China Relaxes Innovation Standard
After months of outcry from technology exporters, the Chinese government is proposing to scale down the most draconian IP requirements for ‘indigenous innovation' products.
In November 2009, China caused consternation in the international business community by issuing new rules for government procurement in high-tech sectors, such as computers, software, telecommunications, energy equipment and energy-saving goods. Agencies at all levels of government were mandated to give preference to ‘indigenous innovation products'. Among the main accreditation criteria for such a status were that a patented product's intellectual property rights must be fully owned by a Chinese entity, and that a trademarked product must be first registered in China (see article opposite for further details).
Taken aback by strong criticism from foreign business, as well as several governments, Chinese government agencies on 10 April issued a ‘draft for comment' that proposed number of important changes to the eligibility criteria, including:
- Intellectual property: Instead of requiring intellectual property of indigenous innovation products to be owned by a Chinese entity, accreditation would be granted if the IP has been licensed for use in China from overseas.
- Trademark registration: Accreditation no longer requires trademarks and brands to be first registered in China. Instead, applicants must have exclusive rights to the product's trademark, or have the right to use the trademark, in China.
- Technology requirements: Under the 2009 accreditation scheme, indigenous innovation products were required to possess technology that reaches or surpasses international standards. The April draft relaxes this requirement by proposing that eligible products must possess technologies that have proven effective in conserving energy, reducing pollution, and/or raising energy-efficiency, or ‘substantially' improve on an original product's structure, quality, material, craftsmanship, or performance.
The government invited public comments on the modifications until 10 May.
Cautious Approval, but Concerns Persist
Foreign companies generally welcomed the proposed changes, and China's vice minister of science Cao Jianlin told journalists in May that the draft revisions ‘basically resolved' their concerns. "We think that the different companies have agreed that the (latest) draft is non-discriminatory, market-oriented and also reflects the principle of IPR protection," Mr Cao said, adding that Chinese authorities were "looking closely at the comments we have collected so far and are working on the improvement and the modification of the wording."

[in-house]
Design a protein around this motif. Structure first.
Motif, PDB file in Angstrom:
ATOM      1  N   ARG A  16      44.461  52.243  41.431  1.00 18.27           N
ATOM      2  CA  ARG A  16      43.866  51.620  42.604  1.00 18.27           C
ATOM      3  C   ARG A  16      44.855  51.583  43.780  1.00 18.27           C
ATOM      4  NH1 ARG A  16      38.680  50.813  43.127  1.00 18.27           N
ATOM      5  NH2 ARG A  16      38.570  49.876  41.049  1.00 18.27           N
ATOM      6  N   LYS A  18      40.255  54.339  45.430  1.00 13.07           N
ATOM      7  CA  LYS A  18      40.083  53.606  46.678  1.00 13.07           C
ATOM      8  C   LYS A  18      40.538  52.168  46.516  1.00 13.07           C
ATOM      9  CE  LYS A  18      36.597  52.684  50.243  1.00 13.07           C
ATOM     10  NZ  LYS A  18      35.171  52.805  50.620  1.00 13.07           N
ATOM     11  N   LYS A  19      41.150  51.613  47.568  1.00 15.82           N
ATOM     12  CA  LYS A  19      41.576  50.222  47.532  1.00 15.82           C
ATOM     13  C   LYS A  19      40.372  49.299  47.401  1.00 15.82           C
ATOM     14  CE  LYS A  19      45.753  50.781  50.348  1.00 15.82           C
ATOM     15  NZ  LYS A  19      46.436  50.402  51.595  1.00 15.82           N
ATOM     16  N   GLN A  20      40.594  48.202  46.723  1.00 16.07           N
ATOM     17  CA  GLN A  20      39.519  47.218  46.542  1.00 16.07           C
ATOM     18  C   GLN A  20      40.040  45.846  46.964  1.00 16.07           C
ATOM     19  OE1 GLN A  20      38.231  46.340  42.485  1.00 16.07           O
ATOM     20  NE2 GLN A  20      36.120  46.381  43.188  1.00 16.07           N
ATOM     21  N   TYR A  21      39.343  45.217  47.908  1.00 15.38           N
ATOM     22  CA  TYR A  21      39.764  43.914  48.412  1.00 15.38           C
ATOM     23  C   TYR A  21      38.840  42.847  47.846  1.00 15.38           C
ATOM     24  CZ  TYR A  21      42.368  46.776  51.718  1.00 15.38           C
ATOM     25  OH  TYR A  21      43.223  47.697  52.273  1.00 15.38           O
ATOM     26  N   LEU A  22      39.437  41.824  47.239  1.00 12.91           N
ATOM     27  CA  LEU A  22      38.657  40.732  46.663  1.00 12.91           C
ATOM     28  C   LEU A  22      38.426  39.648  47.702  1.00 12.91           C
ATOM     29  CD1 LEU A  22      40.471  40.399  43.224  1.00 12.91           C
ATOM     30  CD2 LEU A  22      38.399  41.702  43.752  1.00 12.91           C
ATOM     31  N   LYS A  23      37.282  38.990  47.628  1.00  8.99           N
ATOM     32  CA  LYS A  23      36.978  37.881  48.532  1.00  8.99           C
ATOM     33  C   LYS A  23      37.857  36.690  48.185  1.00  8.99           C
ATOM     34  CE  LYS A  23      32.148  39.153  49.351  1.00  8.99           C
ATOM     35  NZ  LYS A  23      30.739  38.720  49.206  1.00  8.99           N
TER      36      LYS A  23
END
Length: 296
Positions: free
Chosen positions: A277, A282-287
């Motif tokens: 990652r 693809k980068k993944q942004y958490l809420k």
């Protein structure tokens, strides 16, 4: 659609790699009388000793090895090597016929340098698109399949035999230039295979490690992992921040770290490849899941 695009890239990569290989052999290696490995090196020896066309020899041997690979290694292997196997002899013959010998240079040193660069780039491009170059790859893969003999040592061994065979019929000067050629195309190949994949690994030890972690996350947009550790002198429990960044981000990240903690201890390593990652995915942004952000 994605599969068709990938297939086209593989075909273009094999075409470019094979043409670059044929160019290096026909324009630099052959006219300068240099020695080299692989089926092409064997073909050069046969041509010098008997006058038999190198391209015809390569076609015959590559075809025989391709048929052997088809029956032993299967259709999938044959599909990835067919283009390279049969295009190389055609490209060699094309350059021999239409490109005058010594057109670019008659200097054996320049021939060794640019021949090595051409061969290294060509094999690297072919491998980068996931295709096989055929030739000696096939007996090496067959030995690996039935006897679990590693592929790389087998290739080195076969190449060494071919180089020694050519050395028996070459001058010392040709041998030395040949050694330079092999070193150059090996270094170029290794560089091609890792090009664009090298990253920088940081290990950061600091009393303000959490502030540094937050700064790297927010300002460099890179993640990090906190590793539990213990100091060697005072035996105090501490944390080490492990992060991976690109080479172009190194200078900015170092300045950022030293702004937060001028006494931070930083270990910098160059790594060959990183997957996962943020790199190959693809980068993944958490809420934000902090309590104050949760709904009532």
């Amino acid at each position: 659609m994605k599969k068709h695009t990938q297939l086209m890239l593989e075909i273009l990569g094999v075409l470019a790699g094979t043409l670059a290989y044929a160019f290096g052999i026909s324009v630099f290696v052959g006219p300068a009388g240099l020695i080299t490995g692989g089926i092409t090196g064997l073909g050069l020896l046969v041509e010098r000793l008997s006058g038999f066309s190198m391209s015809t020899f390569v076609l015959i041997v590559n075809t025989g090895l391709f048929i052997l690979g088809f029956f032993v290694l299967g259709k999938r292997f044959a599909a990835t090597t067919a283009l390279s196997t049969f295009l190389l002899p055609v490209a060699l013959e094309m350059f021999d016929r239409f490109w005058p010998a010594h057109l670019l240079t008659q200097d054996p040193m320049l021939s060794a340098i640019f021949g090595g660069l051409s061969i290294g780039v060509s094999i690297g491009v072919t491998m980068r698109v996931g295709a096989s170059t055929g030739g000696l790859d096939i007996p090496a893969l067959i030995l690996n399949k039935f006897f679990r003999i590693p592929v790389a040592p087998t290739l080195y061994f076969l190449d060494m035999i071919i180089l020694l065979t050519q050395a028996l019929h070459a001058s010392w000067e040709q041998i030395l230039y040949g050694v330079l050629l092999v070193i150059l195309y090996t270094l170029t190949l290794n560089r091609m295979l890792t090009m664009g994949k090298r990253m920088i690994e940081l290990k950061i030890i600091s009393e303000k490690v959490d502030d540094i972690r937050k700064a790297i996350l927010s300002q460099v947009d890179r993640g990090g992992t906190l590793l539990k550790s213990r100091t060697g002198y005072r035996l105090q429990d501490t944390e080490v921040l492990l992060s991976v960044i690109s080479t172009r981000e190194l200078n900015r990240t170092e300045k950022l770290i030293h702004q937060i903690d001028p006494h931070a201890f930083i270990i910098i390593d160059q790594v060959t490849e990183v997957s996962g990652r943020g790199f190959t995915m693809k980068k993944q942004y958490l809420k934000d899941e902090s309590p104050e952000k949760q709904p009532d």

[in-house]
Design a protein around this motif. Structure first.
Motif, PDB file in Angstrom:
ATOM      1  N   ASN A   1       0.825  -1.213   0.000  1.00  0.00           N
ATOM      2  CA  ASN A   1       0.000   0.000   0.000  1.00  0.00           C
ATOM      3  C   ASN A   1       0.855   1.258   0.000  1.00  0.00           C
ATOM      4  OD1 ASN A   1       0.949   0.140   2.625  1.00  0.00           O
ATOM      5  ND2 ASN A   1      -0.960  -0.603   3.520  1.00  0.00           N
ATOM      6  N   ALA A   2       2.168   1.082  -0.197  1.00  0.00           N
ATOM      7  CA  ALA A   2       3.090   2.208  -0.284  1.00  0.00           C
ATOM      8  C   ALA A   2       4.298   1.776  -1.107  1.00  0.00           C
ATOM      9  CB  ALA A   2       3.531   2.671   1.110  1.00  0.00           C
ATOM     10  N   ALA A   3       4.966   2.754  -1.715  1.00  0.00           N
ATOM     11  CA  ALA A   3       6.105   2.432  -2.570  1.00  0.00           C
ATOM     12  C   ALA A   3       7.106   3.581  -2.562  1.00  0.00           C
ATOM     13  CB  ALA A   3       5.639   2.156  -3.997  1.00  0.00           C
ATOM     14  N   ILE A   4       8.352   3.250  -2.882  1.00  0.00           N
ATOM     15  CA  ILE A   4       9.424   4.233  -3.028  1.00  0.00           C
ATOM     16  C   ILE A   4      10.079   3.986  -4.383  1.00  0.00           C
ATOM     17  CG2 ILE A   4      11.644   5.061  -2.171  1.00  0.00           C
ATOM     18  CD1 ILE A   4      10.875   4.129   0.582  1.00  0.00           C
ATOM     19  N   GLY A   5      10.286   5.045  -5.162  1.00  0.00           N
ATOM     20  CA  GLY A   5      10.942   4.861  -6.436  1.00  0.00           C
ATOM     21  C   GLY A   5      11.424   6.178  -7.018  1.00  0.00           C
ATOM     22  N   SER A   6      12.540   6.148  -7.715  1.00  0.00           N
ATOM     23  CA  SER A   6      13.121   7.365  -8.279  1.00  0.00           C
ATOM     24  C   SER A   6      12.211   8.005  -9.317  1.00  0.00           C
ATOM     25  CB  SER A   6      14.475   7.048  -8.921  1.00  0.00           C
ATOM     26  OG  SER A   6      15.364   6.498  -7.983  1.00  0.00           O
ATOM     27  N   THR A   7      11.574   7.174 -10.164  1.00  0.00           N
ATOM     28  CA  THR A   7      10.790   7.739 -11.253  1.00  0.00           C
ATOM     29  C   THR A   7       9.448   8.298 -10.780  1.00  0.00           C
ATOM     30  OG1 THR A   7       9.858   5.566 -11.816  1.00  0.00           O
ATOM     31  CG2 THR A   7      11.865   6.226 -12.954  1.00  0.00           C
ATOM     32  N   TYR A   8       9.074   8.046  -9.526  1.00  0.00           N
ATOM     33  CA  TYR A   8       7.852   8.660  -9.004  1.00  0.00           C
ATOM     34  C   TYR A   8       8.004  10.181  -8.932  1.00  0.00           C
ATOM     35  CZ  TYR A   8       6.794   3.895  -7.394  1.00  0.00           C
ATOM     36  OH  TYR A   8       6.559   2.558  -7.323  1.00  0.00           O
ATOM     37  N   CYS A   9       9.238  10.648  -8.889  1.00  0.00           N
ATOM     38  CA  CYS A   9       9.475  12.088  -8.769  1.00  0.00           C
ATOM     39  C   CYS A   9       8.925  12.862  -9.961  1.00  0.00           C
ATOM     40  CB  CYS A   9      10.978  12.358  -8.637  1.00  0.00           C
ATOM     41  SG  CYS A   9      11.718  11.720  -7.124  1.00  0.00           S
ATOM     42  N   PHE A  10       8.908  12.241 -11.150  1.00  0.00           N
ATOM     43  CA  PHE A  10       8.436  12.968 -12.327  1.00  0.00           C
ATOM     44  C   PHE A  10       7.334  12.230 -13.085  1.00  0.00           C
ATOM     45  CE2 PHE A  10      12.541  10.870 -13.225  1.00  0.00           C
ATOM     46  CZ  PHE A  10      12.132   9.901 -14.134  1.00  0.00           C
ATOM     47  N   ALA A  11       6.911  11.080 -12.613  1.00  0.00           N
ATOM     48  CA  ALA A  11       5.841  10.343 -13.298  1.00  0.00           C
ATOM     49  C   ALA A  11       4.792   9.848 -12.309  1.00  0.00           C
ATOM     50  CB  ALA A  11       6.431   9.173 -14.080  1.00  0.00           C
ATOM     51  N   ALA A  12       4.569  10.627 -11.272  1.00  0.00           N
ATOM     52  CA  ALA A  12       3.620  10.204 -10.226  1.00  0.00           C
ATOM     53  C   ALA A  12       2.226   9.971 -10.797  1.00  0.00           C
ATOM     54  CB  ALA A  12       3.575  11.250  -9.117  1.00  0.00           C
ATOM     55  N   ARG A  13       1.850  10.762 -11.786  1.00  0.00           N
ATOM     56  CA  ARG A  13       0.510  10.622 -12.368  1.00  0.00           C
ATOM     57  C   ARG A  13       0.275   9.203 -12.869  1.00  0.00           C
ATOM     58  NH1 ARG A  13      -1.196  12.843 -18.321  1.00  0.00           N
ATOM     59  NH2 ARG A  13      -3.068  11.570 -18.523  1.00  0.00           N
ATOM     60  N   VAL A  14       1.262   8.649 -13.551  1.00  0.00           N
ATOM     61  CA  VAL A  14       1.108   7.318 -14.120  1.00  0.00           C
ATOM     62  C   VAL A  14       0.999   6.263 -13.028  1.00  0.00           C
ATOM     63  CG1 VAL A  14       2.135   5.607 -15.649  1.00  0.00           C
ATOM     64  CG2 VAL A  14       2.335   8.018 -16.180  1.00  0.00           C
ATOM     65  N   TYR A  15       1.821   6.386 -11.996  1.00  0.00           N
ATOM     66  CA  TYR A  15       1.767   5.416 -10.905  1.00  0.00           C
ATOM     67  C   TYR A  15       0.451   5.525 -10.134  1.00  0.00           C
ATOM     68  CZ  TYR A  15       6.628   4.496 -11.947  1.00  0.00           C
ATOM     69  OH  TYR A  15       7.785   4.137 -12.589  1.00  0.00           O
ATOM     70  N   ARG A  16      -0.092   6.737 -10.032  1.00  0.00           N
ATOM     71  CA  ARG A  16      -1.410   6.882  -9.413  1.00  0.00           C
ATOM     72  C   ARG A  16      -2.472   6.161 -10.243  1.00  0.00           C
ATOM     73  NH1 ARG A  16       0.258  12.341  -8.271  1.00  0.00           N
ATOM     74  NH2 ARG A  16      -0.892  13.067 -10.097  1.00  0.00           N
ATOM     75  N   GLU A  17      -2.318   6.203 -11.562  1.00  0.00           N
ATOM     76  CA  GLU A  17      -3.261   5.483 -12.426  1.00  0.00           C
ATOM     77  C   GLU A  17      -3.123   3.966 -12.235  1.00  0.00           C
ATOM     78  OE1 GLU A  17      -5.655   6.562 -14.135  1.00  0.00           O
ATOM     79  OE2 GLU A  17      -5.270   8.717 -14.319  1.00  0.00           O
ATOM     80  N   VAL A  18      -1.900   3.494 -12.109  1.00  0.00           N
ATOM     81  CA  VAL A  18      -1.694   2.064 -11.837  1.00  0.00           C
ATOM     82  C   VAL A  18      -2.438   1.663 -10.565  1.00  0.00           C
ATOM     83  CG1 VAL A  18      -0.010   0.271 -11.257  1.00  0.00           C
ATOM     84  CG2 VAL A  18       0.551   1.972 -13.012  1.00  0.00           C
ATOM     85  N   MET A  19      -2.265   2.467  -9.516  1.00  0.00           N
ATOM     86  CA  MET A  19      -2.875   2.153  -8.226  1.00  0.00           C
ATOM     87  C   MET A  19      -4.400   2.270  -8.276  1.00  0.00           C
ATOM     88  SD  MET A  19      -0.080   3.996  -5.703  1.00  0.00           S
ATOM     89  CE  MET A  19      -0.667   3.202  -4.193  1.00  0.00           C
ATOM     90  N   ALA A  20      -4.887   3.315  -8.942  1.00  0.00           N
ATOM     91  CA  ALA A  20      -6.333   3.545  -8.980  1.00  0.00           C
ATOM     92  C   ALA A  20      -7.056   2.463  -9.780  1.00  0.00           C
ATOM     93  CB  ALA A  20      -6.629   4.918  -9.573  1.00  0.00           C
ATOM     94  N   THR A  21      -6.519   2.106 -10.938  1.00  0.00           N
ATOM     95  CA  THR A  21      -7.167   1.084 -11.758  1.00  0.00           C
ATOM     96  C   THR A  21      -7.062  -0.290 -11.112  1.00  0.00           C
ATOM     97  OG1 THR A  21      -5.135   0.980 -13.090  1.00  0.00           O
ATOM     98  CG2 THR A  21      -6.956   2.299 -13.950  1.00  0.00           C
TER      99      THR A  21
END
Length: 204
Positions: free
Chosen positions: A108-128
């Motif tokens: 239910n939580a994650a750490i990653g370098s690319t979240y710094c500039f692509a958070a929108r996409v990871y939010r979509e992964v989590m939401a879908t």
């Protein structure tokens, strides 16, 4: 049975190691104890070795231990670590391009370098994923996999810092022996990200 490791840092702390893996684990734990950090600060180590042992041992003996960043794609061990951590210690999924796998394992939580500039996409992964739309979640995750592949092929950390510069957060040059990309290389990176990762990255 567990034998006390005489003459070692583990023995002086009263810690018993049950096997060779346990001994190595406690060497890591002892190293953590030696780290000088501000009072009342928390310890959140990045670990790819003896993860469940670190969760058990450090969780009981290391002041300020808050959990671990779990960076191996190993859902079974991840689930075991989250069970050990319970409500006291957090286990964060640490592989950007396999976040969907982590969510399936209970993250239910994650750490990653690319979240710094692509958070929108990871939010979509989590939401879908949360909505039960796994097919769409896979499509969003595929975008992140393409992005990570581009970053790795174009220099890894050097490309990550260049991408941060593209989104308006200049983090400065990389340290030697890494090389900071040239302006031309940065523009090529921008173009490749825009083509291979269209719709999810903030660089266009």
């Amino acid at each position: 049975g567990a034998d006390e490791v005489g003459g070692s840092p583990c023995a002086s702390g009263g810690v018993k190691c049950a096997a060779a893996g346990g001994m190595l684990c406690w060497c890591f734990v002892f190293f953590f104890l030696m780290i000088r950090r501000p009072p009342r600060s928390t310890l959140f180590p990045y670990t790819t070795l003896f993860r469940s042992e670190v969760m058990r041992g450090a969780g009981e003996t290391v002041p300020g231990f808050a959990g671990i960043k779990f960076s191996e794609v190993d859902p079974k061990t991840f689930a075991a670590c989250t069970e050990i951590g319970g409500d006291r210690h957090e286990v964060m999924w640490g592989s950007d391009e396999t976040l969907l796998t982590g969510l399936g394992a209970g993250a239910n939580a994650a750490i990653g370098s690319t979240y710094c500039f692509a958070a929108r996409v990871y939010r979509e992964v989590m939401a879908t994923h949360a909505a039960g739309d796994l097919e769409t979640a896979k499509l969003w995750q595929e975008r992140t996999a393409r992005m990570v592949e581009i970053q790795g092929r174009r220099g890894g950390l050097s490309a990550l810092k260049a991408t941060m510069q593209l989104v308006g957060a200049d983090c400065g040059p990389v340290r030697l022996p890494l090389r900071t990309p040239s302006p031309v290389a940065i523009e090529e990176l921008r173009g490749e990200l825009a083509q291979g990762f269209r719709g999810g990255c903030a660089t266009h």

Despite the reassurances, trading parners' persistent concerns about the indigenous innovation policy were evident in the grilling they gave to China during its trade policy review at the WTO in late May.
Next Steps in the Accreditation Process
Companies seeking indigenous innovation status for their products have until 20 October 2010 to submit a ‘product declaration', i.e. a detailed accreditation application, to the science and technology department of their administrative district. Local authorities will then undertake a ‘preliminary accreditation' of the products.
Their recommendations will be reviewed by the central government's science and technology ministry in collaboration with the National Development and Reform Commission and the ministry of finance. The three agencies aim to publish a ‘primary list' of qualified products before the end of the year. If there are no objections to the public notification of a listed product, it will be included in the National Indigenous Innovation Product Catalogue and thus be eligible for public procurement at all levels of government. The overall Chinese government procurement market was estimated at nearly US$90 billion in 2008.